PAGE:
It is clear that as evidence for reincarnation we can only expect the claimant to reveal certain facts which he has hitherto not known or been exposed to and has no means of inferring it until the examiner allows him to. Without such pointers, it is easy for the sceptic to dismiss his claims as mere imagination. Nor can belief in reincarnation stand wholely on the basis of its necessity regarding adequate explanations of fortune. The importance of verifiable historical facts that subjects reveal while under regressive hynotism cannot be dismissed by emphasis on other minor inaccuracies which may be a result of “cultural filtering” on the part of the subject — the knowledge of historical events without having known them consciously or exposed to unconsciously is definite evidence of extrasensory perception (if not directly reincarnation) and therefore weighs in on the modern scientific paradigm to reconsider its metaphysical assumptions.
As far as the Western New Age movement is concerned, reincarnation is still not much of a researched topic and authors have impatiently reached ontological conclusions. Nevertheless, it is compelling enough to warrant a serious change in naive realist worldviews. A few recent Western pointers that strongly suggest the existence of a soul independent of the body are to be found in The Varieties of Religious Experience (William James) and Twenty Cases Suggestive of Reincarnation (Ian Stevenson). The research reported by K Ramakrishna Rao, Hereward Carrington, Dean Radin, et al is worthy of further study. This kind of evidence involves anomalous communication or influence observable in the physical domain but supposedly without the ordinary physical processes required for the happening (which is then interpreted to have been because of forces beyond physical reality), due to which fraud can never be ruled out in third-person reports.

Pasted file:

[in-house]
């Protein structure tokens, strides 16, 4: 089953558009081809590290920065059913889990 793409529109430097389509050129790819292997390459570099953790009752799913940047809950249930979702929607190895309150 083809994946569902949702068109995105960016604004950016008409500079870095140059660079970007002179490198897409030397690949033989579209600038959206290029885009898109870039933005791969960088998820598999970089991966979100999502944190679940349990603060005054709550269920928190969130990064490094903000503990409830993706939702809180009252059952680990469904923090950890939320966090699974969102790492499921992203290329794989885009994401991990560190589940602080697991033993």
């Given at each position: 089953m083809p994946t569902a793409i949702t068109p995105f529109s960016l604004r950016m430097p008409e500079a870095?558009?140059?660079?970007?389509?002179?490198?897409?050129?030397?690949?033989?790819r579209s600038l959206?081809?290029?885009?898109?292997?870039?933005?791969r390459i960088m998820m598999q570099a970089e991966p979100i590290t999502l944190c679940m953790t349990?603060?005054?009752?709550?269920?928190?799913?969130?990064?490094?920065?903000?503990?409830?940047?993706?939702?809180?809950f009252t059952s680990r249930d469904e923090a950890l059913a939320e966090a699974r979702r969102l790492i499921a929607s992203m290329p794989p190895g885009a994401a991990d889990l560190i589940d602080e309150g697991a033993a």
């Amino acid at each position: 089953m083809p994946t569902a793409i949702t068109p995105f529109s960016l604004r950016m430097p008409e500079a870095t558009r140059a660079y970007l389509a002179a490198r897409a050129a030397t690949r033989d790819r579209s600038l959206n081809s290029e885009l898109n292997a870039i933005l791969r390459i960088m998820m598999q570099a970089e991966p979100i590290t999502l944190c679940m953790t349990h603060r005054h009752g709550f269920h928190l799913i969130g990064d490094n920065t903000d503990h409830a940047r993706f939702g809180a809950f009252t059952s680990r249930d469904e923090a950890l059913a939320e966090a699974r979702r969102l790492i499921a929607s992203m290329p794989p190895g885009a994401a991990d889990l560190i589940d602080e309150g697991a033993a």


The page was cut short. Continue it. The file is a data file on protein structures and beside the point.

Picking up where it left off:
There are those in the modern scientific establishment who attribute such accounts to imagination, self-deception or fraud. If they adhere to such scepticism even in what they claim to be their scientific investigations, no progress in it would be possible. There is a greater need in the field of parapsychology and paranormal phenomena to investigate personally rather than “sceptic” dismissal of the reports of other inspectors. On the other hand, although research has to rely on pratyakṣa and anumāna, there inevitably arises the need to extend them into reliance on āgama/āptavākya. In this domain one needs to examine one’s temperament for faults relating to stubborn presumptions of possibilities and mould it accordingly to adhere to ratiocinative inquiry rather than one’s idiosyncratic sentimental clinging to certain probabilities over others. The ancient tradition of yoga reveals to us the methods by which one may verify the fact of reincarnation for oneself rather than having to rely on authority. They who abandon egoistic presumptions about the truth and seek open-mindedly rational proof for the reality behind the appeareances will find plenty of evidence by following the method of the ancients. It is then a matter of one’s willingness to discover the truth. It is perhaps this most crucial presence of willingness in the temperament, which eventually leads one either to support his seed-like faith by evidence or to set himself to indulge repeatedly and increasingly in doubt (refusing to discern rationality from cynicism), that makes the difference between the āstika and the nāstika.